Fielding did not respond to a request for comment, but in the past he, too, has denied being Deep Throat. Still, as Woodward himself once pointed out, without commenting on Fielding in particular, "Deep Throat is a source who lied to his family, to his friends, and his colleagues, denying that he had helped us."

Ironically, says former Nixon counsel John W. Dean, who has written his own e-book about the subject, "close to 60 percent of the information" that Deep Throat provided Woodward "is just dead wrong" or "absurd." This calculation was based on Dean's reading of "All the President's Men." Throat "obviously is great theater," Dean says, but "I don't think Deep Throat mattered at all" in the final analysis, "except to [Post Executive Editor Ben] Bradlee that Woodward had a reliable source giving him guidance."

Watergate's leading historian agrees. In an acerbic essay in the online magazine Slate, "Watergate Misremembered," Stanley Kutler denounced "the shallow debate" and "endless, pointless game" about trying to identify the mysterious Deep Throat: "What mystery?" he asked rhetorically. "That someone leaked to Woodstein? How shocking! The Watergate leaks began almost immediately after the break-in." The FBI, federal prosecutors and congressional investigators "did what disgruntled bureaucrats do: they leaked," Kutler wrote, sometimes "like a sieve" as "an established mechanism" to smoke out further investigative leads.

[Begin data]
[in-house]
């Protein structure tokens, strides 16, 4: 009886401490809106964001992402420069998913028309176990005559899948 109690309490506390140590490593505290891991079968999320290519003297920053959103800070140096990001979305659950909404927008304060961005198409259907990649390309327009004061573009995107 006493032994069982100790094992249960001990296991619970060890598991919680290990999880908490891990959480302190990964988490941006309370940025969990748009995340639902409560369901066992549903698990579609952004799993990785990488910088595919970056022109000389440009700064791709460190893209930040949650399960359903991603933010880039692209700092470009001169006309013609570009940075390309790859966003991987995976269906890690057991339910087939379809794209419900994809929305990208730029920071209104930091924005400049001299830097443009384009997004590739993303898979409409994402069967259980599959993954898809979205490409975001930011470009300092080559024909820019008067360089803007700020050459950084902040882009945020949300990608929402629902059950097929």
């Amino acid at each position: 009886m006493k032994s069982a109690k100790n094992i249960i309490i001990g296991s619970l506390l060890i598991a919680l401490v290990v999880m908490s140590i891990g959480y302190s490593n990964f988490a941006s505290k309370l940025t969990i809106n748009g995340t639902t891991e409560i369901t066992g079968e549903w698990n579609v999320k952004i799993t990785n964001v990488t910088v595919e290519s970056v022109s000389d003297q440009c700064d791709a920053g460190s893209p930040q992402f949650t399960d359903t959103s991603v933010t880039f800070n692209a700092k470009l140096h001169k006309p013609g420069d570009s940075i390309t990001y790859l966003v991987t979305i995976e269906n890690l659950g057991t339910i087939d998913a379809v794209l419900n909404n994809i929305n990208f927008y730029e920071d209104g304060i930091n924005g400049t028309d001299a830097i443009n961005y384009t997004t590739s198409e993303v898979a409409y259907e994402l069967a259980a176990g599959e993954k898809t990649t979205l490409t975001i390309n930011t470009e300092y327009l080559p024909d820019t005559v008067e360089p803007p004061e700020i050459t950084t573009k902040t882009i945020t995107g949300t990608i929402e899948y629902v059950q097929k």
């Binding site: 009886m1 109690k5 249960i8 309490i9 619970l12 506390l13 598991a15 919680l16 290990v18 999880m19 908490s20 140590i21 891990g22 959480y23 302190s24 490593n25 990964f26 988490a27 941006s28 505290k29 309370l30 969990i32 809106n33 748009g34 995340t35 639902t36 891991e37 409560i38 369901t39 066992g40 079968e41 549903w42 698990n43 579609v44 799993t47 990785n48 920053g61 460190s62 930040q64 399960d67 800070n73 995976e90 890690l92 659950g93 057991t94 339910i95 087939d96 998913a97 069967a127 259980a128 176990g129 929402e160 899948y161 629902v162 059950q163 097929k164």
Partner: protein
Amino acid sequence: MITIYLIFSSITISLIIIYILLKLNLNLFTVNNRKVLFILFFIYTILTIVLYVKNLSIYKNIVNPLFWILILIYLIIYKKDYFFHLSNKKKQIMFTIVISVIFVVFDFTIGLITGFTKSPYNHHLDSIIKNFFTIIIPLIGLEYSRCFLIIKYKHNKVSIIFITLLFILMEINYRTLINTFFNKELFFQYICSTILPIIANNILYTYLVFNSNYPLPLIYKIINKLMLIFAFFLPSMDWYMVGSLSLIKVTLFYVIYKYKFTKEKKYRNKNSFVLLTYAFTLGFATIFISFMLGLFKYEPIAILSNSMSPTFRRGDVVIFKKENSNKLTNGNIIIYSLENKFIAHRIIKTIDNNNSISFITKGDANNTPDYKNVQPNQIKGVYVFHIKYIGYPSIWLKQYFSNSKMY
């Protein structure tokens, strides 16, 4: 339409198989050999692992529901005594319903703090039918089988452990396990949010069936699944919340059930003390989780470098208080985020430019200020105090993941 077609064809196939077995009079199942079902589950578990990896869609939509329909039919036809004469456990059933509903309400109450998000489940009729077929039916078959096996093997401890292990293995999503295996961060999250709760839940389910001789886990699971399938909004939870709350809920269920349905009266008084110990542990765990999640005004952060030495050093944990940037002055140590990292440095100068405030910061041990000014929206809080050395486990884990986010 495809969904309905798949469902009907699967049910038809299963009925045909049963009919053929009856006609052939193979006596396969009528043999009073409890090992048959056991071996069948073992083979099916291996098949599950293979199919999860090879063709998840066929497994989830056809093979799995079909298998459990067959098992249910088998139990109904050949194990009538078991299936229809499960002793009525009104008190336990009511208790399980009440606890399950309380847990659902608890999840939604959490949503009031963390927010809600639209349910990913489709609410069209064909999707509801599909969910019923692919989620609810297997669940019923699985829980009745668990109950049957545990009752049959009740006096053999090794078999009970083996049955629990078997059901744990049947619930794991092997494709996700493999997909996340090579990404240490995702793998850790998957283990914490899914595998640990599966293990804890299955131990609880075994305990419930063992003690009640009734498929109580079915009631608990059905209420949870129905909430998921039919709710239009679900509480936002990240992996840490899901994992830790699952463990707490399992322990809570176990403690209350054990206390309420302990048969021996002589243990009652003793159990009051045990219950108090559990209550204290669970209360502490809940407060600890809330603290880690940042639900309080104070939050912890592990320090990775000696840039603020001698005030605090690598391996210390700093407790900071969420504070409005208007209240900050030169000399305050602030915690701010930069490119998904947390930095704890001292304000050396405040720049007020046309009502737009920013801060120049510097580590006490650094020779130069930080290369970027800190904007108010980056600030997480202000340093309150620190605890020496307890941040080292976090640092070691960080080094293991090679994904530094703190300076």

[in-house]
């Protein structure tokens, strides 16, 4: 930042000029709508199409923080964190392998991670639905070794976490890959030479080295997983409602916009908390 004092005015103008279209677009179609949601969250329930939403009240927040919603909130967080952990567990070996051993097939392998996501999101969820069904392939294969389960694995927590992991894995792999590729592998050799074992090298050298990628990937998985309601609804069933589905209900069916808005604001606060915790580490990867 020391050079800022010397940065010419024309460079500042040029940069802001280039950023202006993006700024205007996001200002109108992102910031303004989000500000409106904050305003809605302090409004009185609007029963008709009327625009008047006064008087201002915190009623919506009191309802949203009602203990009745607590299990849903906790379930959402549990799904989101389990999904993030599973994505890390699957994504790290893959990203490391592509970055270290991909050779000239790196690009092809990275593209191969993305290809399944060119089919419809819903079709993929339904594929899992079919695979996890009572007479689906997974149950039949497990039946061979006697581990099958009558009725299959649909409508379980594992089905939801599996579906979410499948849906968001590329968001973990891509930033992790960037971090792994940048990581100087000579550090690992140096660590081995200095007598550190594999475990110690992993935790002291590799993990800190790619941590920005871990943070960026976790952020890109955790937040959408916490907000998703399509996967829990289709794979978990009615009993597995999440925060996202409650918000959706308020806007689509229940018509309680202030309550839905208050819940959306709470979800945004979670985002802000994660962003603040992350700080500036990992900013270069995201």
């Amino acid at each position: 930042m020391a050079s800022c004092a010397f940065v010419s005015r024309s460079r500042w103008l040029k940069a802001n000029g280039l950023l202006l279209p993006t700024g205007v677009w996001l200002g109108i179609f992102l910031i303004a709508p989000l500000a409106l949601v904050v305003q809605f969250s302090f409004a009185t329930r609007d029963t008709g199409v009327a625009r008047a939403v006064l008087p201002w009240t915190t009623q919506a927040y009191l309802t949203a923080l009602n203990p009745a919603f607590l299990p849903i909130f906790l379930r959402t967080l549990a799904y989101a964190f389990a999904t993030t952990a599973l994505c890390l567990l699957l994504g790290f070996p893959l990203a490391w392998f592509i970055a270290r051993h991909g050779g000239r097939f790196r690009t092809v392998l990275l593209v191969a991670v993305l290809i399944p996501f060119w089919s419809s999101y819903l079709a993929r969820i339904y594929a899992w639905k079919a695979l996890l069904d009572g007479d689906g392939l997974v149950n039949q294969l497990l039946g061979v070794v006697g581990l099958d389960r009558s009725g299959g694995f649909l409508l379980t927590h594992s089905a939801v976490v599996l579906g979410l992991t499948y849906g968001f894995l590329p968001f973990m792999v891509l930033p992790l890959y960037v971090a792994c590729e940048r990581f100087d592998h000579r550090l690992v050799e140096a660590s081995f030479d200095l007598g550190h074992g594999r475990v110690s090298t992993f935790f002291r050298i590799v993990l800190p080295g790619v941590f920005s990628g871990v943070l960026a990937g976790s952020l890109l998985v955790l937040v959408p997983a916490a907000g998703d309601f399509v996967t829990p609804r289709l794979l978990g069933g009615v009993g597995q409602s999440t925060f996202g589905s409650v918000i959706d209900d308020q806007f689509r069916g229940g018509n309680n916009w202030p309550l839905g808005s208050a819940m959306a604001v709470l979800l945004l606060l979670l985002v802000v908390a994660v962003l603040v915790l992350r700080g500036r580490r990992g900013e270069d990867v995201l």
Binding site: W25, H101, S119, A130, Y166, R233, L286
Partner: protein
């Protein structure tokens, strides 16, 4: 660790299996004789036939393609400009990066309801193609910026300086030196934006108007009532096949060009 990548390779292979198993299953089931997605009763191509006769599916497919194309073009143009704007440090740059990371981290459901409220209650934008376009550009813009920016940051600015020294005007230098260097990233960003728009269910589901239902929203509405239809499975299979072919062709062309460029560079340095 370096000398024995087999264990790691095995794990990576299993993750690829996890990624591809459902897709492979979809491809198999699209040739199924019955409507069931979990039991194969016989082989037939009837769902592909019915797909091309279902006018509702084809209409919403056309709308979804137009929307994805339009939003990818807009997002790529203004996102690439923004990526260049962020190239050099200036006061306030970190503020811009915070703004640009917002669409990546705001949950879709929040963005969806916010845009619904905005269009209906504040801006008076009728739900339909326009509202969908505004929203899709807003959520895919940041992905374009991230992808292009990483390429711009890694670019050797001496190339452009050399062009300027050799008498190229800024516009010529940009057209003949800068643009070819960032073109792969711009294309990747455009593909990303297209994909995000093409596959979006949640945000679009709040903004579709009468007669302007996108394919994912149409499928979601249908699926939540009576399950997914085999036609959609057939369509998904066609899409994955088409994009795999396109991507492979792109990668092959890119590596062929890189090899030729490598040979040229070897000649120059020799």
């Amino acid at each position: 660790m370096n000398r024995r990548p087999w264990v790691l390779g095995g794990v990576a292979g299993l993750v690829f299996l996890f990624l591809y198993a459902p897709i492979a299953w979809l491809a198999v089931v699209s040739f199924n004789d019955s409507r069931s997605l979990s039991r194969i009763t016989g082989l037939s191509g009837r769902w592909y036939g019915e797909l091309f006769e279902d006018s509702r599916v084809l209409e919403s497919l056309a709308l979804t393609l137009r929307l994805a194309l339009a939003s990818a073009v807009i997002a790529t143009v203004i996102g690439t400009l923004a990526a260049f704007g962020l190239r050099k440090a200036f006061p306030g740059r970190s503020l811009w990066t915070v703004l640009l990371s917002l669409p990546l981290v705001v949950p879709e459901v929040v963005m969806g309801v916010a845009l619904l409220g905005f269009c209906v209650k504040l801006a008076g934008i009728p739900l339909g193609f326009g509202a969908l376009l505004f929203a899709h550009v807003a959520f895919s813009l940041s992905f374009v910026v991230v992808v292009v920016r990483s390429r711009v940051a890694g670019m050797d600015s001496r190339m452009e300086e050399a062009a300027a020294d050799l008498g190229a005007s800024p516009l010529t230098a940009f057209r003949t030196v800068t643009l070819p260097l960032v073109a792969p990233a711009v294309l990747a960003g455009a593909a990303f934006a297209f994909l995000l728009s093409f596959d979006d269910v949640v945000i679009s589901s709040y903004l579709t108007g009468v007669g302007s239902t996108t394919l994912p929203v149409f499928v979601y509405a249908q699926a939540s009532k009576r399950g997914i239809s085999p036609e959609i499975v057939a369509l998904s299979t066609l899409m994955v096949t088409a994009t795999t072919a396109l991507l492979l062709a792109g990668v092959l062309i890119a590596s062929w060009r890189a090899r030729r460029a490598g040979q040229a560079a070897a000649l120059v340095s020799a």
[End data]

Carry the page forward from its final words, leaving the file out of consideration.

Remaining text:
But some revisionist writers maintain that Throat is the hidden key to Watergate. Author Jim Hougan, in a controversial book called "Secret Agenda," theorized that Throat used Woodward and Bernstein "as mere tools in a power struggle" to promote a "counterfeit history" of Watergate, one that concealed a deeper conspiracy – a supposed CIA call-girl ring run out of the Democratic Party headquarters at the Watergate. Authors Colodny and Gettlin expanded on this notion, arguing that Throat was part of a clandestine "silent coup" fomented by right-wing Pentagon officials to thwart Nixonian dιtente with the Soviet Union and Red China.

Such conspiracy theories are dismissed by almost all historians and scandal participants. Former Watergate prosecutor Seymour Glanzer calls "horseshit" the notion that Deep Throat provides some sort of "Rosetta Stone" that would reveal a deeper meaning to Watergate. And Rutgers historian David Greenberg compares Watergate revisionists to Holocaust deniers, saying their effect is to exonerate Nixon's own criminal behavior. "The guessing over Deep Throat's identity annoys me because it seems to put some validity in conspiracy theories about Watergate," Greenberg says. "People imagine that knowing who Deep Throat was would show that some particular [government] agency had a bureaucratic imperative to bring Nixon down... [But] what's important is that information made its way to the public arena. Who did it is secondary."